FEATURE: Down But Never Out: Liverpool’s incredible rise to UCL Glory
As Liverpool lifted the UEFA Champions League Trophy on Saturday, I wondered how this team were Champions of Europe. At many times throughout Liverpool’s 2018-19 UCL campaign it seemed like they were all but guaranteed to be eliminated from the competition. This is how Liverpool won the UEFA Champions League.
Drawn into a group of death with Napoli, Paris Saint-Germain and Red Star Belgrade, Liverpool were forced to be challenged from the entry point of the competition. In the first game against PSG at Anfield, goals from Sturridge and Milner (two players who had lost their starting position from previous seasons) gave the Reds a 2-0 lead. However, PSG drew level with an 83rd minute goal from starlet Kylian Mbappé, almost ensuring that Liverpool would drop points in their first UCL game. Then came Roberto Firmino, who gave the Reds all three points with his 92nd minute winner.
A 1-0 loss to Napoli in Naples and a 4-0 home thrashing of Red Star was par for the course, but an embarrassing and frustrating 2-0 loss to Red Star and a 2-1 loss to PSG almost ended the Champions’ run in the group stages. If it weren’t for PSG and Napoli both dropping points in their 1-1 draw, Liverpool would not have had a chance to even make the knockout rounds. It all came down to the final matchday of the group stage: Liverpool needed a win against Napoli to advance. It would soon become another one of those famed European nights at Anfield, as a stunning Mohamed Salah solo goal (Salah muscled past one defender and faked out another before slotting past the ‘keeper at an absurd angle) and an Allison super save sent the Reds through to the knockout stage with a 1-0 win over Napoli.
To show just how close the eventual winners of the Champions League were to being eliminated in the group stages: Second Placed Liverpool and Third Placed Napoli were tied on points, head-to-head points, and goal difference. Liverpool only went through because they had scored two more goals throughout the first six matches.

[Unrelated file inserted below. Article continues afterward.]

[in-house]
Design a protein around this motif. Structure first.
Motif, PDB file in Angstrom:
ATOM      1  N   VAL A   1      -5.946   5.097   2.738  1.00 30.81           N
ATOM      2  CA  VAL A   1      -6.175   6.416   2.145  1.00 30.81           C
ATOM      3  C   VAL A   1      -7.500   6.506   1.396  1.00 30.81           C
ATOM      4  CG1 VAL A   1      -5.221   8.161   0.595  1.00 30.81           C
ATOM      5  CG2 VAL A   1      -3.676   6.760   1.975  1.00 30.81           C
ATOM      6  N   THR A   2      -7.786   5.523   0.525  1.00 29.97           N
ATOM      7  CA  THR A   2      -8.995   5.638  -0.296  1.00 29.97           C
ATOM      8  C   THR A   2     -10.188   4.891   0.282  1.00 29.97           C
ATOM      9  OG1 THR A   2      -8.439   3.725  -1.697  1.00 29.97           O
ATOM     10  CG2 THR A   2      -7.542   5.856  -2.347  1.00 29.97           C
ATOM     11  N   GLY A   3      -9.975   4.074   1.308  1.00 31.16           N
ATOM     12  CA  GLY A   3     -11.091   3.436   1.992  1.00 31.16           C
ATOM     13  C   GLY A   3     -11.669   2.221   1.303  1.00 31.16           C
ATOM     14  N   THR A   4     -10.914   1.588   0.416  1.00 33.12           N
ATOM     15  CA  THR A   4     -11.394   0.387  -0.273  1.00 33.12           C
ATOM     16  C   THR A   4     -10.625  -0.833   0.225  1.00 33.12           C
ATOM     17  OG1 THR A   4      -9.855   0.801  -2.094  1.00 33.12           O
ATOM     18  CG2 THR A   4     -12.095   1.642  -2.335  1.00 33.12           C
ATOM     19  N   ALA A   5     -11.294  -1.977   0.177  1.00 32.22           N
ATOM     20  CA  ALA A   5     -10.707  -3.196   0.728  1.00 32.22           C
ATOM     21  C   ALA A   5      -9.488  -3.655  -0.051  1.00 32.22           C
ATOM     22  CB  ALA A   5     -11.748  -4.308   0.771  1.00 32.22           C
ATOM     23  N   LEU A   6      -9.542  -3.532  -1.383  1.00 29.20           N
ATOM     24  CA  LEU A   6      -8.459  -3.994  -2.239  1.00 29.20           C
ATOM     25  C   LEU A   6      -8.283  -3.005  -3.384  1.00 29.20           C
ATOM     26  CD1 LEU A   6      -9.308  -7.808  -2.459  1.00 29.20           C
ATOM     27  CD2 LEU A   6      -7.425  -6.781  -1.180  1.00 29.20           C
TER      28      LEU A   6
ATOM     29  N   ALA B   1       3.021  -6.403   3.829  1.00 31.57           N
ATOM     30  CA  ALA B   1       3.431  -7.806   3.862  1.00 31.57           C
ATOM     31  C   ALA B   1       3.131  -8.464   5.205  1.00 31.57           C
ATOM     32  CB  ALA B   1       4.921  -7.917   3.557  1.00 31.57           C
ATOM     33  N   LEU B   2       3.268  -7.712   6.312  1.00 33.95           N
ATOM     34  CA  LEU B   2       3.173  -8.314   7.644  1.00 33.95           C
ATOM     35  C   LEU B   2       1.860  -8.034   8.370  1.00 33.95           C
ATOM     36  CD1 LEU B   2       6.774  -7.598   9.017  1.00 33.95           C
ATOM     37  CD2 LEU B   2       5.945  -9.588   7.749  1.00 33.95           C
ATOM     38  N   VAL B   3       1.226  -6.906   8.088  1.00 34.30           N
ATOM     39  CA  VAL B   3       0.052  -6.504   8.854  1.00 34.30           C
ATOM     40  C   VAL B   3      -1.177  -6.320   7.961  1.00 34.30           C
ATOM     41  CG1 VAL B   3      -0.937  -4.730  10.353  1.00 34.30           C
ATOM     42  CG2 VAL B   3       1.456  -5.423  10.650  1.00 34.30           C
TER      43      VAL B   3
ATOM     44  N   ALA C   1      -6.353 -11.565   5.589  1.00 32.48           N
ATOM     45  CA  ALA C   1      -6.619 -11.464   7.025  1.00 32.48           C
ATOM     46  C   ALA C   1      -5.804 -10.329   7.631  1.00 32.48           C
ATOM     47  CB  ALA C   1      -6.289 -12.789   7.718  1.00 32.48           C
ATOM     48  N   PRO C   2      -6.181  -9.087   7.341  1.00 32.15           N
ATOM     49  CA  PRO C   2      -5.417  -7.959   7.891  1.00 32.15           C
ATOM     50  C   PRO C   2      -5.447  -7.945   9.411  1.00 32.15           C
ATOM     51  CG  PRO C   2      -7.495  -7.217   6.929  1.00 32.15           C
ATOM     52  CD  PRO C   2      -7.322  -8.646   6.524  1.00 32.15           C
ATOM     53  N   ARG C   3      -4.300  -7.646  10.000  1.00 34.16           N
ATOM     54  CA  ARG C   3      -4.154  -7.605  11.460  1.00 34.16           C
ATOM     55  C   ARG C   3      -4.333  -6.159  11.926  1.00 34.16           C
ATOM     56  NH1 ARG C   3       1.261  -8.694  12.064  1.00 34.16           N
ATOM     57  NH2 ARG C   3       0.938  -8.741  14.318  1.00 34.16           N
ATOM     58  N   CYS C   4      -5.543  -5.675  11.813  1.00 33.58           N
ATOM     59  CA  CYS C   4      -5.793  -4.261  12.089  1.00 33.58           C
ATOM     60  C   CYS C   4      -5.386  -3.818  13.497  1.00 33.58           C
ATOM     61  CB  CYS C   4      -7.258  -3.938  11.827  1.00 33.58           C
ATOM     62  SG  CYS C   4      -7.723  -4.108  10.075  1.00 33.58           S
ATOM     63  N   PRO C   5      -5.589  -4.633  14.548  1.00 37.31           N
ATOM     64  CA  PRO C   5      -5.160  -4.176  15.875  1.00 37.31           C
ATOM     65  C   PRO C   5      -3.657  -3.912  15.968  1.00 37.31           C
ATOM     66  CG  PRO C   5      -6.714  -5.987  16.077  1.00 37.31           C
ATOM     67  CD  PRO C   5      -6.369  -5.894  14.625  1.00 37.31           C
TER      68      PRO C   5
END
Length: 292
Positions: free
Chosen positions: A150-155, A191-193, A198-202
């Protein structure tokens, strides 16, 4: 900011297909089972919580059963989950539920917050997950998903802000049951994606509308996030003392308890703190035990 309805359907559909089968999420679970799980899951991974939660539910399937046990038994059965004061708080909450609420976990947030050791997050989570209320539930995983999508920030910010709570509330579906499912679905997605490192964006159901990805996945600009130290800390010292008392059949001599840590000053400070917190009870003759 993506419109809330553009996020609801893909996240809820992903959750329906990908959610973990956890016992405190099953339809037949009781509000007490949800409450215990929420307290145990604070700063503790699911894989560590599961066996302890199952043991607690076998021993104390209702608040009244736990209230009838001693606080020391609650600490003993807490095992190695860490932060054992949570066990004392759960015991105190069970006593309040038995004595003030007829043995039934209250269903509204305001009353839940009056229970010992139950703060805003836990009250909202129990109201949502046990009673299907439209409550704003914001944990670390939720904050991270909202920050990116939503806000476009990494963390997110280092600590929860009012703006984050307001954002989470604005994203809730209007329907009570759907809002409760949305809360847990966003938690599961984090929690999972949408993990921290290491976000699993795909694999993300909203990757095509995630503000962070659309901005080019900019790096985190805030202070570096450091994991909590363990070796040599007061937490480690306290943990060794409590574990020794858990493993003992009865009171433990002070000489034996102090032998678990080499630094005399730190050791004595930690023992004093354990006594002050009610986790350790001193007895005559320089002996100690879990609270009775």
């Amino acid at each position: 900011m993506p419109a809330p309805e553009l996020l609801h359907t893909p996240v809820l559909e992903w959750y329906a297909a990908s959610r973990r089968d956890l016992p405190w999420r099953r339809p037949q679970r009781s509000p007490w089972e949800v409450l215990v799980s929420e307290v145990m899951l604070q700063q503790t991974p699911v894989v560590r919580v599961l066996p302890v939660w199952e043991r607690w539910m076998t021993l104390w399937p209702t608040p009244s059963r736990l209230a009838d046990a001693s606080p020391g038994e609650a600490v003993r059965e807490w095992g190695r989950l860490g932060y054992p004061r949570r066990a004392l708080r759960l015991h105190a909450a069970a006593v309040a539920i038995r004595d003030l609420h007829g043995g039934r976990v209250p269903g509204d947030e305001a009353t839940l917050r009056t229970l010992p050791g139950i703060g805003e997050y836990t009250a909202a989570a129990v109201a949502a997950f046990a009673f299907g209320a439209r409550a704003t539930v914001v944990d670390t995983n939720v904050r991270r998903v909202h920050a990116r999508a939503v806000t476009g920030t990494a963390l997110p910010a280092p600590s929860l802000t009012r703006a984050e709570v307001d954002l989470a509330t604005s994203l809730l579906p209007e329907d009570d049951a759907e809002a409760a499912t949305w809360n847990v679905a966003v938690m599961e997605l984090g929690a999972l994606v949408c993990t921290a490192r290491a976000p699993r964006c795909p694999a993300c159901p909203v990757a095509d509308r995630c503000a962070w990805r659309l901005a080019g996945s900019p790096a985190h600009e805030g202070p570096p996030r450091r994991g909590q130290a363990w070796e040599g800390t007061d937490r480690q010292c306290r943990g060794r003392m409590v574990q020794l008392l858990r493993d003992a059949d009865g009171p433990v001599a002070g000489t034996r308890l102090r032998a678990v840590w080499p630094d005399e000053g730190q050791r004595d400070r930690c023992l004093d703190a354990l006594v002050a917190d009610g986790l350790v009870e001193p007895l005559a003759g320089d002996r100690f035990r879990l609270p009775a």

Round of 16 and Quarter Finals:
Following a nail biting first round, the Reds were not gifted an easy draw in the Round of 16 like their Premier League competitors Manchester City were. They were instead drawn against German champions Bayern Munich. The matchup of two European heavyweights was seemingly a godsend to the neutral fan, but these fans had to wait for the second leg after the first leg in Anfield finished 0-0 in a very dull game.
The second leg would see Bayern get humbled on their own ground, as a 3-1 Liverpool win sent them through to the finals. A brace from Sadio Mane and a Virgil Van Dijk goal highlighted an excellent team performance in Germany that was a world away from their horrid away performances of the group stage.
Liverpool lucked out and were drawn against Porto in the quarter finals, arguably the worst team remaining in the tournament. Liverpool and Porto were familiar foes, as the two met in the Round of 16 last year (Liverpool won 5-0 on aggregate). Drawn as the home team once again, early goals from Naby Keïta and Roberto Firmino meant Liverpool had a 2-0 lead to defend going to Portugal.
The return leg saw an even bigger victory for the Reds, as a goal from each of the front three and Virgil Van Dijk saw Liverpool win 4-1 and 6-1 on aggregate.